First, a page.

• Dark Nexus

An IoT botnet that uses DDoS for financial gain, Dark Nexus is a new emerging botnet that leverages compromised PCs, MacBooks and smartphones to stage DDoS attacks through routers, thermal cameras, video recorders, etc.

Recently, approximately 1,372 bots, acting as a reverse proxy are spanning across various locations around the globe such as Russia, China, South Korea, Brazil and Thailand.

  • Muhstik Botnet

Muhstick Botnet was born in March 2018, and since then it has been affecting the cloud servers by exploiting several web applications. It is a wormlike self-propagating bot that is capable of infecting IoT devices and Linux servers.

Currently, the malware is known to target Oracle WebLogic, Drupal for further distribution of the infected attacks.

  • The Mirai Botnet a.k.a Dyn Attack

On October 12, 2016, a largely distributed DDoS attack left much of the web inaccessible on the U.S. east coast. How? It was a result of a Mirai Botnet a.k.a Dyn Attack.

It is used by hackers to launch DDoS attacks in IoT devices, upon affecting the device Mirai searches for other malware to completely wipe it out and own that gadget for further exploitation or bidding of data found in the device.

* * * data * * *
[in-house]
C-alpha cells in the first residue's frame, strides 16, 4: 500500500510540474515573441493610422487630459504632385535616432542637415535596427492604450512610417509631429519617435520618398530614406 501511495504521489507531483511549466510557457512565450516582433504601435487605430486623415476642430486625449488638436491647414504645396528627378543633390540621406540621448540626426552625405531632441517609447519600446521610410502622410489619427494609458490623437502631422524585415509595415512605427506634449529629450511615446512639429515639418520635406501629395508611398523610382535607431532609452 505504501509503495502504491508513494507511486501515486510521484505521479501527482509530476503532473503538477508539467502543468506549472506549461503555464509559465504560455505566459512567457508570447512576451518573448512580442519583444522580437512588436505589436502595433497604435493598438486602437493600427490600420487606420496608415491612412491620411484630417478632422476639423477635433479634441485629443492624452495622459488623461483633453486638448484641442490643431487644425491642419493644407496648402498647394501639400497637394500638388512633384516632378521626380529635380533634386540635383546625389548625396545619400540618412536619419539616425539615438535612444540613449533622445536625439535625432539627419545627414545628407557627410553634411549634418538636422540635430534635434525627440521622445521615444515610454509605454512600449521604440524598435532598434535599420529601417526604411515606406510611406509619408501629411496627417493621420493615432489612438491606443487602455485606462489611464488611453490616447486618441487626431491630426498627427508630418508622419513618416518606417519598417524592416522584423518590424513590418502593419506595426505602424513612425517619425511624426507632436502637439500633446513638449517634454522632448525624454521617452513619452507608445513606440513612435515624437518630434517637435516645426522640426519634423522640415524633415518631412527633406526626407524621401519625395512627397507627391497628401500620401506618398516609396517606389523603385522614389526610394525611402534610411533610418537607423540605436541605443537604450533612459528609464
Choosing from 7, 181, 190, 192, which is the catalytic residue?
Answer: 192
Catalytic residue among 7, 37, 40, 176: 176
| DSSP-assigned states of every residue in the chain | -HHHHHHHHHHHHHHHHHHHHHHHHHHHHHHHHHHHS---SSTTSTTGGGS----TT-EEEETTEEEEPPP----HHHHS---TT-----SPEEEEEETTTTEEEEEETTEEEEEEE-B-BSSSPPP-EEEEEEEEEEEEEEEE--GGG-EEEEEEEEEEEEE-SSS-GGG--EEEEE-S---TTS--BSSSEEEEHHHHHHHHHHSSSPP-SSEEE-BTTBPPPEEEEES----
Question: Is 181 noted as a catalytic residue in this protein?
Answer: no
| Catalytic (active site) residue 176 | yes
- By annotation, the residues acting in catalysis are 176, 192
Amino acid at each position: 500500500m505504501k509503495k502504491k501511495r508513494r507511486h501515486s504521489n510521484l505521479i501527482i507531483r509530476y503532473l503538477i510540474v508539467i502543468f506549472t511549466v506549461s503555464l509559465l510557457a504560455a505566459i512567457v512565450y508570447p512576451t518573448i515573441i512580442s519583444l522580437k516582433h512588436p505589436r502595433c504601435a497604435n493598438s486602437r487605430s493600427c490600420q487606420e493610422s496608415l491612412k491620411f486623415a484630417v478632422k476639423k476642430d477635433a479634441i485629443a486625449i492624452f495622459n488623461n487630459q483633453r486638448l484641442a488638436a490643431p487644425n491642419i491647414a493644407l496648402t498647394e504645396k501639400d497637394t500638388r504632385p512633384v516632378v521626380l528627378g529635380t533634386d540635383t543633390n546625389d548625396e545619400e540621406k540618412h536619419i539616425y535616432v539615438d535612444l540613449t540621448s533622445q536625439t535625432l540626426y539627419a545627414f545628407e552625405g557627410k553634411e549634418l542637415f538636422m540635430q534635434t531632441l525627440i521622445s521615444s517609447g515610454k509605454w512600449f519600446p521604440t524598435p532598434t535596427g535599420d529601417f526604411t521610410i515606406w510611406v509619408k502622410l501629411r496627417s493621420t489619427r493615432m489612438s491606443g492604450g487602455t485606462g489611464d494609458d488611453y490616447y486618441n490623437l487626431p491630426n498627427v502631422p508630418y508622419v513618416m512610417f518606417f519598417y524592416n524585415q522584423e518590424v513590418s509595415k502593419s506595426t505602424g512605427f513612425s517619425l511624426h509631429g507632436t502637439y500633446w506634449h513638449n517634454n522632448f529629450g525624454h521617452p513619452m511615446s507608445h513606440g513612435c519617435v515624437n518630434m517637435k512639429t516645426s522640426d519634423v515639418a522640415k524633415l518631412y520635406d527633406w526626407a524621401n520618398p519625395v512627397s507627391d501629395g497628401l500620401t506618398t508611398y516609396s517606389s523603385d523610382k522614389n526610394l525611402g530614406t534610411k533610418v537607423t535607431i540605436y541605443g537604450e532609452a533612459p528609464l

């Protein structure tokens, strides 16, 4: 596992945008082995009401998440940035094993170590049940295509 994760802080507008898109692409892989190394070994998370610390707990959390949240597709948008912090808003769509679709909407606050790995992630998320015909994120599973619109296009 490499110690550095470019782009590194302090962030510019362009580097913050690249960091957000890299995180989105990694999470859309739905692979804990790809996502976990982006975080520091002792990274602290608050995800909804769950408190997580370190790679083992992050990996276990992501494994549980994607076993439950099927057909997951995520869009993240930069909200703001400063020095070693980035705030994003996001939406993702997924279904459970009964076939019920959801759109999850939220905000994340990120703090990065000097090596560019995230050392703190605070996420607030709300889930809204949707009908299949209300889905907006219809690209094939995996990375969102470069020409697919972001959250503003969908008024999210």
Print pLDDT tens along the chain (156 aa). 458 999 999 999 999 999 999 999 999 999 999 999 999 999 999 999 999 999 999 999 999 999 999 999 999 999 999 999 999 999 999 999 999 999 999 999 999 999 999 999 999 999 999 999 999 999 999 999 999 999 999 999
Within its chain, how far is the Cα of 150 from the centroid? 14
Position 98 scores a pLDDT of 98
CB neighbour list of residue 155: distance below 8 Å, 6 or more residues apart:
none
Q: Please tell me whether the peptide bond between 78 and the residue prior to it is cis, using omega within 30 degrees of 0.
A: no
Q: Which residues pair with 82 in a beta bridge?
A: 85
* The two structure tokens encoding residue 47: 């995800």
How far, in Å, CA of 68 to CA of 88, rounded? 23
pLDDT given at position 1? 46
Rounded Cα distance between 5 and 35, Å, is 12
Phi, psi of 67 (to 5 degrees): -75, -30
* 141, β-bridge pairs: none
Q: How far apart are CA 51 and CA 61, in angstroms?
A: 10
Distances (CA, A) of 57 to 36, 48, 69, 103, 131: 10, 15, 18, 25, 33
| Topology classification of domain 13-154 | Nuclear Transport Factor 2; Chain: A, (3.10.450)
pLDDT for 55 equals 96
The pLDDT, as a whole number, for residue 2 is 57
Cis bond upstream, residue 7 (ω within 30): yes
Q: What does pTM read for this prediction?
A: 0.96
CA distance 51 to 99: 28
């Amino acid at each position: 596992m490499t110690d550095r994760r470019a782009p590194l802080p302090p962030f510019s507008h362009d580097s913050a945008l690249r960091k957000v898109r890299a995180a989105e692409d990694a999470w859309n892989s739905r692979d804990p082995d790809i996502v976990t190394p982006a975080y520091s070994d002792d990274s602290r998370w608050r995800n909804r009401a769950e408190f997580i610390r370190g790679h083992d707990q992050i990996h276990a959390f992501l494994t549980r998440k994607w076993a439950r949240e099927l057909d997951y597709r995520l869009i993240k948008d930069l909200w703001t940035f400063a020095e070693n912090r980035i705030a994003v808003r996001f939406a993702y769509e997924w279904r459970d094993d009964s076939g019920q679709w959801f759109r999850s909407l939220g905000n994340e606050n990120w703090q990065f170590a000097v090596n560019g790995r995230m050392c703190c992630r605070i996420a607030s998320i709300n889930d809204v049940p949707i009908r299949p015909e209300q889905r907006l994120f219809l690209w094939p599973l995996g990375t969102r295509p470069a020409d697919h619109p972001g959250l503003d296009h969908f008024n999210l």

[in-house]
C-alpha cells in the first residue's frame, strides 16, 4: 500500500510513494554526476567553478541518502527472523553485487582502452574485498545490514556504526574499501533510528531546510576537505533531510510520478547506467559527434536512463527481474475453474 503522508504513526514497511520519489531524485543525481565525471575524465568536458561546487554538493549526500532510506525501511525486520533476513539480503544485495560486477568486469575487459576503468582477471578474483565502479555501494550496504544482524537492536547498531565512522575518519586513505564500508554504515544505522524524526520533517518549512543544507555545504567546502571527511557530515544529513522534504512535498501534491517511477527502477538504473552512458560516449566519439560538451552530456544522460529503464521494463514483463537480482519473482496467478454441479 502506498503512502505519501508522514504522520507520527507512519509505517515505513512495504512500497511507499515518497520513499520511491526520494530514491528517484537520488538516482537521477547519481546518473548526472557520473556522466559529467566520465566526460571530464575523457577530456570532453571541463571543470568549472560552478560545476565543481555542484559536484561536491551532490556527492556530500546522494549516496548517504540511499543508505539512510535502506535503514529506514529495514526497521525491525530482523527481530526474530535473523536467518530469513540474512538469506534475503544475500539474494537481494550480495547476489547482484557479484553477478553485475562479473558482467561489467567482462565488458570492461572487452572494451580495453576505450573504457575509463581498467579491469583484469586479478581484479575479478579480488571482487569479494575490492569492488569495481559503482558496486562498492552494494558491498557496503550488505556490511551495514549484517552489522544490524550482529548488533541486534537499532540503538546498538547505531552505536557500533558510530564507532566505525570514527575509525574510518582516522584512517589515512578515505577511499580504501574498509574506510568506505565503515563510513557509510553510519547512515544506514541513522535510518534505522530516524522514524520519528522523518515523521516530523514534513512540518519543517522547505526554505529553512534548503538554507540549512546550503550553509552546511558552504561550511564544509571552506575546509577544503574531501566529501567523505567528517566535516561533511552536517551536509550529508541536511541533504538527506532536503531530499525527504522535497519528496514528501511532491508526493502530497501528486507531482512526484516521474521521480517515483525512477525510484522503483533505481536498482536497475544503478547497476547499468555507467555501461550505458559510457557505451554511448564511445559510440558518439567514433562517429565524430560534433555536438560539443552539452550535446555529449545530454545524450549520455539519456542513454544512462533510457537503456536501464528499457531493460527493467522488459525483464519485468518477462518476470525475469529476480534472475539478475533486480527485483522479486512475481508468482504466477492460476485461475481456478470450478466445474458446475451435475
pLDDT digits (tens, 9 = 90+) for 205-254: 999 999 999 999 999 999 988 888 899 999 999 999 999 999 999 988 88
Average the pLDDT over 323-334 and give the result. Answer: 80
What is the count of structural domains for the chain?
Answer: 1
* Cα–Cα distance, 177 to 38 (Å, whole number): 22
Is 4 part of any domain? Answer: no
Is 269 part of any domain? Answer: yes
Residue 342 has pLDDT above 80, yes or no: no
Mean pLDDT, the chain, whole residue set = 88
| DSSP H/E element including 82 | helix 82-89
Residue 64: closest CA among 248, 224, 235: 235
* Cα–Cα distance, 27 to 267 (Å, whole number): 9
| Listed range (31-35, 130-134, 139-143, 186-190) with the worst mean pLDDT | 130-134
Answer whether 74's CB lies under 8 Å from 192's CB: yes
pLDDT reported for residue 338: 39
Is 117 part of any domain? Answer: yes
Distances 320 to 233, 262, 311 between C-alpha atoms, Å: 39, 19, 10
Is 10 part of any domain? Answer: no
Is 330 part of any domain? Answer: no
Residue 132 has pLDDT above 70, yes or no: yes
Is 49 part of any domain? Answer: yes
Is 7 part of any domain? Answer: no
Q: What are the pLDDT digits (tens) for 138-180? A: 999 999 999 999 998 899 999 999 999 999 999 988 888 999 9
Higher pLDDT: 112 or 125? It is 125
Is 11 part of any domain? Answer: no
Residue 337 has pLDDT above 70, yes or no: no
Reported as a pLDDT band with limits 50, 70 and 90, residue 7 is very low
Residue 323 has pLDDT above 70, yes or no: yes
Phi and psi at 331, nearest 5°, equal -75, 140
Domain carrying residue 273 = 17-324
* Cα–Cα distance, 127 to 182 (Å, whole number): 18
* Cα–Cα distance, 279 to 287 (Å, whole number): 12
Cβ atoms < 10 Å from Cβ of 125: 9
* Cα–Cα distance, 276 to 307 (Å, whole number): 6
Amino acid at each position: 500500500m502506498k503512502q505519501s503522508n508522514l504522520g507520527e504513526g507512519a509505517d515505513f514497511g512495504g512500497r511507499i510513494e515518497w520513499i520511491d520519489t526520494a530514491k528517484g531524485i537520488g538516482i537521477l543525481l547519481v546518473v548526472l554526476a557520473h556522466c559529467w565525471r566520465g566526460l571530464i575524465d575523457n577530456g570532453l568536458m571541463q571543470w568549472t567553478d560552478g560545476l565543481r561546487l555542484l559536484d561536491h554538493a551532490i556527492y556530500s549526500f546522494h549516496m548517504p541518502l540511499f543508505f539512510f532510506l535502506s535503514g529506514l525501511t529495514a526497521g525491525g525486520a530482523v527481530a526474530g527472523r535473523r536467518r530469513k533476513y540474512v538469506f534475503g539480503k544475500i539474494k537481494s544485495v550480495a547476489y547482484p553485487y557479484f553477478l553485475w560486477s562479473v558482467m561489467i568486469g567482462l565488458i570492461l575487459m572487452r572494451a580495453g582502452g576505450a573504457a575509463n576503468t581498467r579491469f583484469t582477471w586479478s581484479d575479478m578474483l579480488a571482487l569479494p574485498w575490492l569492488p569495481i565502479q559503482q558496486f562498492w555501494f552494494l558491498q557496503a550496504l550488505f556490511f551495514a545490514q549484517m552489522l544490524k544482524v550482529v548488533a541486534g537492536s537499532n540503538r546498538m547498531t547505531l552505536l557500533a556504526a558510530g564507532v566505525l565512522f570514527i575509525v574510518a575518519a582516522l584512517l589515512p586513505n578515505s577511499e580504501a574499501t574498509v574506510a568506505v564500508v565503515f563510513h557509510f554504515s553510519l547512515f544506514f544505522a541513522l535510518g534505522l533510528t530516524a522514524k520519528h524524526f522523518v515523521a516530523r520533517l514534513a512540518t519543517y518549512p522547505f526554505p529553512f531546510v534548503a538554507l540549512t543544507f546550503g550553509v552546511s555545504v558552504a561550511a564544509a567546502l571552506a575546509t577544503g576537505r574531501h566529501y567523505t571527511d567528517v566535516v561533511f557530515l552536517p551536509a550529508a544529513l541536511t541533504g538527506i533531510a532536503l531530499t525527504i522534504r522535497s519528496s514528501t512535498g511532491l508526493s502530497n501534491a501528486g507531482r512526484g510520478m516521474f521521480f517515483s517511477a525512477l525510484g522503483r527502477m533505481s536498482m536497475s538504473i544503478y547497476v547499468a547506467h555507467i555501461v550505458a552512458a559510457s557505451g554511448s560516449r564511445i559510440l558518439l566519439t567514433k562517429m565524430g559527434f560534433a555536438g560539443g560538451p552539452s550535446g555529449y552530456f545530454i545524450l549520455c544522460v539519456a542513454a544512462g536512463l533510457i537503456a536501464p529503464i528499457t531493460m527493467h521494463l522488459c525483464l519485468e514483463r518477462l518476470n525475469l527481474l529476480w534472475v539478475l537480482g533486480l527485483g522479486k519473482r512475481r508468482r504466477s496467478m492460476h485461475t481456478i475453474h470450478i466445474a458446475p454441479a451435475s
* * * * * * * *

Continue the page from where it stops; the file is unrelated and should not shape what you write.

Analyzing Enterprise IoT Security Challenges

IoT has played a major role in enhancing the networking capabilities in organizations. It has helped them to cope with the advanced technological capabilities by developing an effective connection between devices and networks.

Below are some top IoT security challenges that the organizations face –

IoT security challenges that the organizations face

  • Insufficient data and updating

Insecure firmware or software is one of the greatest challenges of IoT security. The IoT devices should be updated as to when any vulnerability arises to develop security patches. However, not all enterprises are following the practice. During the update, the backup and data are transferred to the cloud, giving the hackers an opportunity to steal the valuable data of the firm.

  • Lack of physical hardening

IoT needs to be physically secured autonomously without any mediation. At times, the IoT devices can also physically meddle in remote locations for prolonged intervals. It is a challenge to develop transmitters and sensors to meet with the enterprise IoT security practices checklist. Therefore, it is the user’s duty to secure their devices if the manufacturer has not ensured physical hardening.

  • Lack of encryptions